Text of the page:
Washington, June 2 (ANI): Rwanda's parliament has the remarkable distinction of having 56 percent representation by women making it the most gender-equal parliament in the world.
However, reasons for these figures are not some revolutionary gender-equality policies, but because of the horrific genocide that decimated the male population in the country in 1994.
Another factor for the dominance of women in the Rwandan Parliament has been reduced tensions between the Hutus and Tutsis and an all-embracing political outlook that encourages a sense of belonging to the country.
A thesis authored by Christopher Kayumba, of the University of Gothenburg, Sweden, studied how the country managed to garner such impressive numbers despite having no history of gender-equality and being marred by crippling poverty.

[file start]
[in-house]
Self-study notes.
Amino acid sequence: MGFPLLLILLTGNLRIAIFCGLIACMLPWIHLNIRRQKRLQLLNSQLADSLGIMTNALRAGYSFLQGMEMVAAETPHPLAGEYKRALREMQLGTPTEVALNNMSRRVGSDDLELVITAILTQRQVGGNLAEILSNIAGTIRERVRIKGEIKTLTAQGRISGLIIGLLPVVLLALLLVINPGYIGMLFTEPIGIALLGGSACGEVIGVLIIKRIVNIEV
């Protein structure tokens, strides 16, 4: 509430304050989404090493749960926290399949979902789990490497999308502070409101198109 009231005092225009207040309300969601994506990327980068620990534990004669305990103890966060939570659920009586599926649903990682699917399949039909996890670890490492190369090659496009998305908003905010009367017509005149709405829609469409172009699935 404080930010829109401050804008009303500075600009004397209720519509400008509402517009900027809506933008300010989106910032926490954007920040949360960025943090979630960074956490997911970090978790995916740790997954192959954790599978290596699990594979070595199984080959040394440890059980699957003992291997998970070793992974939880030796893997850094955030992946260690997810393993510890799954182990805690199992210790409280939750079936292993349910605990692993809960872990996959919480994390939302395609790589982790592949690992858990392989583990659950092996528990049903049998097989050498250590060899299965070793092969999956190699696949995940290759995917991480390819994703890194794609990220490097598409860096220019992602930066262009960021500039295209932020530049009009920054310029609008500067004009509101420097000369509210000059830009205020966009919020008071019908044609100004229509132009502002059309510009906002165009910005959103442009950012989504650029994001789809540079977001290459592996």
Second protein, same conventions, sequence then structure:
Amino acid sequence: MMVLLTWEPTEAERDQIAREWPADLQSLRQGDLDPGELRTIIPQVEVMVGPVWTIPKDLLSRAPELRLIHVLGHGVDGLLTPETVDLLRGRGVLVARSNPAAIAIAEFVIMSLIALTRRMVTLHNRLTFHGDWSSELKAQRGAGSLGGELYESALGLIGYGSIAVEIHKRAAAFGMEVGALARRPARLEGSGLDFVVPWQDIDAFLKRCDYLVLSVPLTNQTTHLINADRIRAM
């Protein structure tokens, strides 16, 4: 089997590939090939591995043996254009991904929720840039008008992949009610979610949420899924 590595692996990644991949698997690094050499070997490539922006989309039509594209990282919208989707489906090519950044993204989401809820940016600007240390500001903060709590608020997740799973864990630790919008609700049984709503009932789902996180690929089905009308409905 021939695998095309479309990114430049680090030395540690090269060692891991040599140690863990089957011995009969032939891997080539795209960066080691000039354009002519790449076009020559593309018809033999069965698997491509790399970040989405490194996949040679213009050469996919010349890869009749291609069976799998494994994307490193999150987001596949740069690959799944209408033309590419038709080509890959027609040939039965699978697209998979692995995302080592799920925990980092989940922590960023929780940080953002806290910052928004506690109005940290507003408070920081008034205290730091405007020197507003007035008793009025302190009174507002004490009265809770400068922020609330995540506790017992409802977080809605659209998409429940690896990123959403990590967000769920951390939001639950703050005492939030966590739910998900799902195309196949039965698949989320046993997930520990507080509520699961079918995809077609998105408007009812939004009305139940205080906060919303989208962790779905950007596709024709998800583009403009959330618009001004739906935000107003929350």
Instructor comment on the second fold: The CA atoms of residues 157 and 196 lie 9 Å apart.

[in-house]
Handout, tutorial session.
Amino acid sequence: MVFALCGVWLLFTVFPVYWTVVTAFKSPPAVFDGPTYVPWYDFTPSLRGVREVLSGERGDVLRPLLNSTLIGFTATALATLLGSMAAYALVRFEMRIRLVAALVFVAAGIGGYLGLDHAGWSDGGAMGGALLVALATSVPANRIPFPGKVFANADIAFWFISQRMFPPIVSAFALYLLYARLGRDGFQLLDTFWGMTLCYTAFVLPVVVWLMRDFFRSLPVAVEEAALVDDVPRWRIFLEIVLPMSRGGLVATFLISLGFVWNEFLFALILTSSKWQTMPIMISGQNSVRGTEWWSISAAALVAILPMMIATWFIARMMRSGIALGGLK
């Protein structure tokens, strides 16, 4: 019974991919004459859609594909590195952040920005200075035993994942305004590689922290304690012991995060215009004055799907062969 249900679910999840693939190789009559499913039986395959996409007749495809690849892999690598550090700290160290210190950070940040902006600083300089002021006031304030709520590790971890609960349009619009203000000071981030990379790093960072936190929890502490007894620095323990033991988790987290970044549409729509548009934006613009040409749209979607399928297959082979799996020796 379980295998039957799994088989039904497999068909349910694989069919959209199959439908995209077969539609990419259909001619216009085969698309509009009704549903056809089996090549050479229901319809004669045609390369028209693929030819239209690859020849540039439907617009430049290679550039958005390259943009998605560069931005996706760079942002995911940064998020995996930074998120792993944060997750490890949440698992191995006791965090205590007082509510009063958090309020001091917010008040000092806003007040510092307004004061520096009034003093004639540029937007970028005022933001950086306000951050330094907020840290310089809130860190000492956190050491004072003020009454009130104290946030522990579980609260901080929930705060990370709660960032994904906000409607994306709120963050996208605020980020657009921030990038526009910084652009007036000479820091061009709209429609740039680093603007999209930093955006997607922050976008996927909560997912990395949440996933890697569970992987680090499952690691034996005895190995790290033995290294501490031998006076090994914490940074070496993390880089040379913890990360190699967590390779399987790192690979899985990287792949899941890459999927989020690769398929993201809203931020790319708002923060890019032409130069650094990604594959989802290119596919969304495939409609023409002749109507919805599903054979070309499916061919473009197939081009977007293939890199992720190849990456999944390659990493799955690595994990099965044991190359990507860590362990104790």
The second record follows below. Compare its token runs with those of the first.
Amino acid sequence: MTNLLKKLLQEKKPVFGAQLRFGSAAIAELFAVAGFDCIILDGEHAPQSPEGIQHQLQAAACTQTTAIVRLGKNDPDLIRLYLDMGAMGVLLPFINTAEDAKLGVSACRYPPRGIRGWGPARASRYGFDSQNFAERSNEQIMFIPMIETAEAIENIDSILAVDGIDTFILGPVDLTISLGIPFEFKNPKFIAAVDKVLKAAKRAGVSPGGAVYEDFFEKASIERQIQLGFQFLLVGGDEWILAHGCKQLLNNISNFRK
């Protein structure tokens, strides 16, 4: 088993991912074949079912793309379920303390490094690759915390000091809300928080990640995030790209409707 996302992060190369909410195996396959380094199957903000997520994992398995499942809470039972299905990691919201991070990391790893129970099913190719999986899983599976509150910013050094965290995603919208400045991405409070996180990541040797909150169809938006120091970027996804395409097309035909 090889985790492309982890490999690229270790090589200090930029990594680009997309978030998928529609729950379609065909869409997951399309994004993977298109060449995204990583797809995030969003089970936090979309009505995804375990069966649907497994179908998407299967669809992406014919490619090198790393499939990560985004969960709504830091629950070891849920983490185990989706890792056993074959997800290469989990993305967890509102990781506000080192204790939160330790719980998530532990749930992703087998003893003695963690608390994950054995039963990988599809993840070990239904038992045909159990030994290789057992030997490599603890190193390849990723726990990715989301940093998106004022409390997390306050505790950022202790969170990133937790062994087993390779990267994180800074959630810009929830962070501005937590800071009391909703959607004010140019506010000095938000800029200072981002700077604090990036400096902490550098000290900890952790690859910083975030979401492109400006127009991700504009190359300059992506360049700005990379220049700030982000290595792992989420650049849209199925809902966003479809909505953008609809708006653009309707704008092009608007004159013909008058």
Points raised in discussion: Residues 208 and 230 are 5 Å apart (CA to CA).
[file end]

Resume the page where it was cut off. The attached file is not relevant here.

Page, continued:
"In developed countries, women's chances of ending up in the parliament are determined by their academic and professional opportunities, by whether they have access to high-status jobs and by how voters feel about women's position in society," he said.
This is not how it works in Rwanda. In my thesis, I emphasise the importance of the conditions that have arisen as a result of the war and the genocide, for example the lack of men," he added. (ANI)